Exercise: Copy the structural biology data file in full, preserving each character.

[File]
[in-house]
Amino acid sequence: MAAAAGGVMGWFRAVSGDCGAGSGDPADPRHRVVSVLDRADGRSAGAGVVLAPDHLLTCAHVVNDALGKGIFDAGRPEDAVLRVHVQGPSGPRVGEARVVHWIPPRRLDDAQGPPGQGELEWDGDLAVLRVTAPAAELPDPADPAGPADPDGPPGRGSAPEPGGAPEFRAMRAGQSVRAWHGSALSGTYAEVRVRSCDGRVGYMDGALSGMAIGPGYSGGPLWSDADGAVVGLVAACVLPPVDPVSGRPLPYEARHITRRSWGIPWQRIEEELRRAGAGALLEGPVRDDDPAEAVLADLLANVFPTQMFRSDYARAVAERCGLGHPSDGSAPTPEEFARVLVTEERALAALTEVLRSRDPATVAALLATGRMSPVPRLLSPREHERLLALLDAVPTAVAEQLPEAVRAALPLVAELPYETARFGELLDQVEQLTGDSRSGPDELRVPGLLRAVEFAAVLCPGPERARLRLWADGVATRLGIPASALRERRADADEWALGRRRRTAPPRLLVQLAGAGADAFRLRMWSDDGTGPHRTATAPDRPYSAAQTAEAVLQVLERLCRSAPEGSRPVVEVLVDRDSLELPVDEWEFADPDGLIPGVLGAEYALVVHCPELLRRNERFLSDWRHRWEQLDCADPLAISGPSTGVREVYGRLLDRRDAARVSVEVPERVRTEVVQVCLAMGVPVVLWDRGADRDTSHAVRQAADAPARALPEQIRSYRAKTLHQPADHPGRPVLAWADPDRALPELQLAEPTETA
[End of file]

[in-house]
Amino acid sequence: MAAAAGGVMGWFRAVSGDCGAGSGDPADPRHRVVSVLDRADGRSAGAGVVLAPDHLLTCAHVVNDALGKGIFDAGRPEDAVLRVHVQGPSGPRVGEARVVHWIPPRRLDDAQGPPGQGELEWDGDLAVLRVTAPAAELPDPADPAGPADPDGPPGRGSAPEPGGAPEFRAMRAGQSVRAWHGSALSGTYAEVRVRSCDGRVGYMDGALSGMAIGPGYSGGPLWSDADGAVVGLVAACVLPPVDPVSGRPLPYEARHITRRSWGIPWQRIEEELRRAGAGALLEGPVRDDDPAEAVLADLLANVFPTQMFRSDYARAVAERCGLGHPSDGSAPTPEEFARVLVTEERALAALTEVLRSRDPATVAALLATGRMSPVPRLLSPREHERLLALLDAVPTAVAEQLPEAVRAALPLVAELPYETARFGELLDQVEQLTGDSRSGPDELRVPGLLRAVEFAAVLCPGPERARLRLWADGVATRLGIPASALRERRADADEWALGRRRRTAPPRLLVQLAGAGADAFRLRMWSDDGTGPHRTATAPDRPYSAAQTAEAVLQVLERLCRSAPEGSRPVVEVLVDRDSLELPVDEWEFADPDGLIPGVLGAEYALVVHCPELLRRNERFLSDWRHRWEQLDCADPLAISGPSTGVREVYGRLLDRRDAARVSVEVPERVRTEVVQVCLAMGVPVVLWDRGADRDTSHAVRQAADAPARALPEQIRSYRAKTLHQPADHPGRPVLAWADPDRALPELQLAEPTETA